And this reveals the privilege of people who are cisgender and heterosexual. There’s never a *need* to find out, to seek clarity. When the system works for us, we have no need to question it.

I’ve known so many people who are personally affirming — they advocate equal rights and equal protections for everyone… and yet, they go to churches that are not. But what’s sad to me — and what the Hillsong conversation reveals — is that often, churches who hold that leadership is reserved for men, and deny equality to people who are LGBTQ+ — do so with a veneer of acceptance, without really being honest. 

Thankfully, Church Clarity is helpful in discerning where churches stand, but according to their own website, they are backlogged right now – and even then, not every church in the country is on their list. 

So, if you attend a church and you aren’t sure what they really think, let my years of church nerdiness and ability to speak coded church language help. 

First, a caveat. I am not saying that what follows is a test that a church “passes” or “does not pass.” There are reasons why faithful pastors and congregations do not have written policies on inclusion — but since discrimination often masquerades as silence, we cannot let silence be interpreted as affirmation. And, really, that’s the whole point of this list: Because so few churches say explicitly what they believe and practice, we must be more diligent to seek out answers. Maybe you’ll discover that, while your church has never made a statement of inclusion, they are working toward it and actively seeking justice; maybe you’ll discover that while your church seems like they treat everyone equally, no woman has ever stood behind a pulpit. Maybe you’ll discover you’re exactly where you need to be; maybe you won’t.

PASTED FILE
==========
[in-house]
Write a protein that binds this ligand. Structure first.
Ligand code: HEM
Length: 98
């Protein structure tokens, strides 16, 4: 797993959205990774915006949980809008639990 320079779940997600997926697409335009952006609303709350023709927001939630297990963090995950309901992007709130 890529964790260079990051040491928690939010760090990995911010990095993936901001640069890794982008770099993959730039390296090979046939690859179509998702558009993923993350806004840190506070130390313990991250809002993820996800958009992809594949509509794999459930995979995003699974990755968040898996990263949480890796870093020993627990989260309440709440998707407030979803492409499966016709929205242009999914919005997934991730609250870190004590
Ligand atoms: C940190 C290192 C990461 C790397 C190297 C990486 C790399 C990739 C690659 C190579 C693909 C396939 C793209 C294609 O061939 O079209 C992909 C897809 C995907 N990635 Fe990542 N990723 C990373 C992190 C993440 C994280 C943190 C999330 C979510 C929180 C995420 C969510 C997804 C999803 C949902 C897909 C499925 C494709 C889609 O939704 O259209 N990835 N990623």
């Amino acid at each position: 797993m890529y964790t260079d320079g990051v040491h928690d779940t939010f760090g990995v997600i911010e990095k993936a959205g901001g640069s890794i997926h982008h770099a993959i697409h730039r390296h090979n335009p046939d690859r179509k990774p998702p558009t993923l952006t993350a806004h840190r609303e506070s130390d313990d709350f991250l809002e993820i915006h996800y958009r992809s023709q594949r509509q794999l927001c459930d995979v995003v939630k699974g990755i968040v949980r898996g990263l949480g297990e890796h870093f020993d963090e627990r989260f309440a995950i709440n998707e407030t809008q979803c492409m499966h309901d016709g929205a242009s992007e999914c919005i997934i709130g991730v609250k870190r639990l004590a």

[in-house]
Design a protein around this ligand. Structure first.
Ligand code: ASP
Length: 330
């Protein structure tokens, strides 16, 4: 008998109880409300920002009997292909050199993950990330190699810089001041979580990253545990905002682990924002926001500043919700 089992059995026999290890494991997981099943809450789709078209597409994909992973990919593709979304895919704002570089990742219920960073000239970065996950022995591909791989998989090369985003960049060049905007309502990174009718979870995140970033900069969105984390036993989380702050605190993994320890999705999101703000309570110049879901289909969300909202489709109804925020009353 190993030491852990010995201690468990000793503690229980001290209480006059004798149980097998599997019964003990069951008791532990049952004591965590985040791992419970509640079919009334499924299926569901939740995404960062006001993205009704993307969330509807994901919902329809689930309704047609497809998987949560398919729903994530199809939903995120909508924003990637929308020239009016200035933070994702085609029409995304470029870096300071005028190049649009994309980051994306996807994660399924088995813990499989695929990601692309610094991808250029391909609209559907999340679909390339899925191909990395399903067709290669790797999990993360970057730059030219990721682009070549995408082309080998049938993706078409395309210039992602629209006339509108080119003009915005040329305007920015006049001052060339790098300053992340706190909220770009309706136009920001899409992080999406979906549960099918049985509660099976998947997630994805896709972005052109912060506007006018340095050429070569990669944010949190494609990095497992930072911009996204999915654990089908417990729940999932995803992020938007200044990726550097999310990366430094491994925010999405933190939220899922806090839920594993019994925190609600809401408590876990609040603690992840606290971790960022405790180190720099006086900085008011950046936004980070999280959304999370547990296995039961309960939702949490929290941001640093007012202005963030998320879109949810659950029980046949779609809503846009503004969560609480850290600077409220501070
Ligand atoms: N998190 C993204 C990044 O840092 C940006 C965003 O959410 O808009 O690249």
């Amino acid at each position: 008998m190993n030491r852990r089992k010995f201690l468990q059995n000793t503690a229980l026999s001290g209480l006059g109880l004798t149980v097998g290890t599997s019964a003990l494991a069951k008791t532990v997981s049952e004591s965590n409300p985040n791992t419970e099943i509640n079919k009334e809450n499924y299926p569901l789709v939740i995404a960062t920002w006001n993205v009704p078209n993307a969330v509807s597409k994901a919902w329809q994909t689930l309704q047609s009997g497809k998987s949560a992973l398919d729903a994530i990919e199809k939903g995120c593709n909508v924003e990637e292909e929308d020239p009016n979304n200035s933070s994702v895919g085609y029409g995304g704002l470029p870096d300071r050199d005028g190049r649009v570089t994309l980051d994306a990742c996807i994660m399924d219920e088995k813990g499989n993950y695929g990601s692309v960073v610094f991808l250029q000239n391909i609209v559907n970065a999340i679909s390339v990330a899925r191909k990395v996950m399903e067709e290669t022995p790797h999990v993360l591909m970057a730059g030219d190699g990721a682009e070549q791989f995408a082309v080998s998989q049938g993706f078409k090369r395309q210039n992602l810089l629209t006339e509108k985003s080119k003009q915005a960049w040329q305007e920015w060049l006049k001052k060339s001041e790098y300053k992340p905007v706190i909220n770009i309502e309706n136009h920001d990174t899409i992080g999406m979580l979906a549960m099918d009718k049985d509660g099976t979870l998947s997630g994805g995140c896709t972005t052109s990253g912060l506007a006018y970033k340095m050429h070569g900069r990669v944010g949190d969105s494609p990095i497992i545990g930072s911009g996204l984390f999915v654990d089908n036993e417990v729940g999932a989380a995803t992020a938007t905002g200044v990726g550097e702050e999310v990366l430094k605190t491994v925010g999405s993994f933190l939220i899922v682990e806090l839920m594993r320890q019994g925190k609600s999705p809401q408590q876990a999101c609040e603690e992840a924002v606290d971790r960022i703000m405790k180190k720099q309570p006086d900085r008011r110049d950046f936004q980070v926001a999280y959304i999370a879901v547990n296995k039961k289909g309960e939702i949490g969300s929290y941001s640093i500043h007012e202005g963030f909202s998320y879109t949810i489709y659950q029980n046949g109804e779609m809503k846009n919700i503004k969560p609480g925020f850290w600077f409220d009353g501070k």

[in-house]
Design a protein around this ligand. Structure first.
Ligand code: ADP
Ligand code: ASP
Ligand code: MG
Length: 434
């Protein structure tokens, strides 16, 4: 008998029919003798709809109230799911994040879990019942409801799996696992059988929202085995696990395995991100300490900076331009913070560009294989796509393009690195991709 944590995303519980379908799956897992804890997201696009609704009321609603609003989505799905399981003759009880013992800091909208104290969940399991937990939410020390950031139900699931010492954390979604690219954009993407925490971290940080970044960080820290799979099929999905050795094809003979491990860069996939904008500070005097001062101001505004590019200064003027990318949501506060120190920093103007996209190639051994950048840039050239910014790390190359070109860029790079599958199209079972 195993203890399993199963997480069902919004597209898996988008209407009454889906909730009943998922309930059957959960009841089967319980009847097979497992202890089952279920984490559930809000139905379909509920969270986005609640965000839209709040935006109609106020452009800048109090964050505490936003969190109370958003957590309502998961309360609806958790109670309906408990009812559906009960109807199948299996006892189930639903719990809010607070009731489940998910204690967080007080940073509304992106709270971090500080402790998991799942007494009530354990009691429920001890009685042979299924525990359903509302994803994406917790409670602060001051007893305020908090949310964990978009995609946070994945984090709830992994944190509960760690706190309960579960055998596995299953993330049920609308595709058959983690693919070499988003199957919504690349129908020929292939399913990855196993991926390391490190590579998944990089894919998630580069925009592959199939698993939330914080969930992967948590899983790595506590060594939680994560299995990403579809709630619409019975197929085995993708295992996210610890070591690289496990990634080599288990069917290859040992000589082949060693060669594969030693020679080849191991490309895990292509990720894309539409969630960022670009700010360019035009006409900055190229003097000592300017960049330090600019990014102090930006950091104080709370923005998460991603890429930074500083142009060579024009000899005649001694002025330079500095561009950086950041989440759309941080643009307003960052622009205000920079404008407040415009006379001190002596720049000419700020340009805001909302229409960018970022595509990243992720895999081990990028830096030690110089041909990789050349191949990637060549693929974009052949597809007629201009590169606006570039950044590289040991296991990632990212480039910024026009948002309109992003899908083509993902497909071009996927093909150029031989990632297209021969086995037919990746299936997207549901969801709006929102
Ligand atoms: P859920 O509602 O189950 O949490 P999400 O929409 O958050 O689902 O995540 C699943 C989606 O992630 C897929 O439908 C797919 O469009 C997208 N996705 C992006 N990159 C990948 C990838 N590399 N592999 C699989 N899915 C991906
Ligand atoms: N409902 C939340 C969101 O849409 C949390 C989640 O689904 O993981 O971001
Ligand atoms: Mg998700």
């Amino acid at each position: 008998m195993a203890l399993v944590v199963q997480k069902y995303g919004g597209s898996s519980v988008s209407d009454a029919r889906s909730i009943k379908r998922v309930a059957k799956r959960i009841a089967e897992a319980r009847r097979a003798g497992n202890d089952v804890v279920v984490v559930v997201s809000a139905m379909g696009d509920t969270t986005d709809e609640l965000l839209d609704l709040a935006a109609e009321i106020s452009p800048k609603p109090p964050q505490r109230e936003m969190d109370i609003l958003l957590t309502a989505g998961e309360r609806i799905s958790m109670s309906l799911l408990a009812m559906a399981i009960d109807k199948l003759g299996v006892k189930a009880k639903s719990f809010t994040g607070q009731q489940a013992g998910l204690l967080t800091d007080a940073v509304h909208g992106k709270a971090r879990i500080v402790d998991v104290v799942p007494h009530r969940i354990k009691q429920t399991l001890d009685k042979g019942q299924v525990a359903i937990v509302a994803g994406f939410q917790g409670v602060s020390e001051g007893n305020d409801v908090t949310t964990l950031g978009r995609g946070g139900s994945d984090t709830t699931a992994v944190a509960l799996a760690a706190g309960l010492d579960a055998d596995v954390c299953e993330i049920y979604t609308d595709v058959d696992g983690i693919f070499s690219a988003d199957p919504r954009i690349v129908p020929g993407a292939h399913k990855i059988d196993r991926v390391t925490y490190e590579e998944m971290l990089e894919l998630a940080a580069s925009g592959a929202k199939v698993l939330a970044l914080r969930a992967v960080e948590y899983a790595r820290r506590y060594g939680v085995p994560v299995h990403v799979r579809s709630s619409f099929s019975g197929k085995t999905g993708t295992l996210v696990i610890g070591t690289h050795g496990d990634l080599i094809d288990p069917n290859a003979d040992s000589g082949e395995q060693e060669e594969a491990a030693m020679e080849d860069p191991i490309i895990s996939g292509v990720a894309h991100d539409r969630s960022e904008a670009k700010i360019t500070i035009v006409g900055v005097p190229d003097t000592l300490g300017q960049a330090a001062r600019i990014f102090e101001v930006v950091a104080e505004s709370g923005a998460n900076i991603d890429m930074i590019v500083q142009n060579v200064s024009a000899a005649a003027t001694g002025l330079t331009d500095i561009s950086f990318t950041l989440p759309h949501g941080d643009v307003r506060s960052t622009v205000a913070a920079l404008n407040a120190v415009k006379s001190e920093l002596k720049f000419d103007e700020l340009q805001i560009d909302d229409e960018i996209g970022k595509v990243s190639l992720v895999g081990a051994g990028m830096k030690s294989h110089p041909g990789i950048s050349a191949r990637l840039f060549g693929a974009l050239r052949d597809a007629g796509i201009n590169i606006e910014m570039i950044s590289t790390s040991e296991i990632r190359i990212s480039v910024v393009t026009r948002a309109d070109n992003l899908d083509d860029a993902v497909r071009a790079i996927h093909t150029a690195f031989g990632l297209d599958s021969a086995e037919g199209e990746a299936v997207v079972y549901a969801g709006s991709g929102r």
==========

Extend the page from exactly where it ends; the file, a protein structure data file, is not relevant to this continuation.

Also, I have never known of any church that welcomes gay men into leadership, but not straight women. If you know of one, I’d love to hear about it. And often trendy churches are just as avoidant of their discrimination against women as they are their discrimination against people who are LGBTQ+, so I’m including women into this discernment list. 

Go to your church’s website. Don’t rely on what you think you know about the church, because as we’ve seen time and time again, often the people in the pews have no idea how discriminatory actual policies and theology are. If you can’t find the information on the website, ask the pastor for clarification; don’t assume that because you have a gay couple in the pews, or the pastor just seems really cool, that they treat LGBTQ+ people – and women – equal to straight cis men.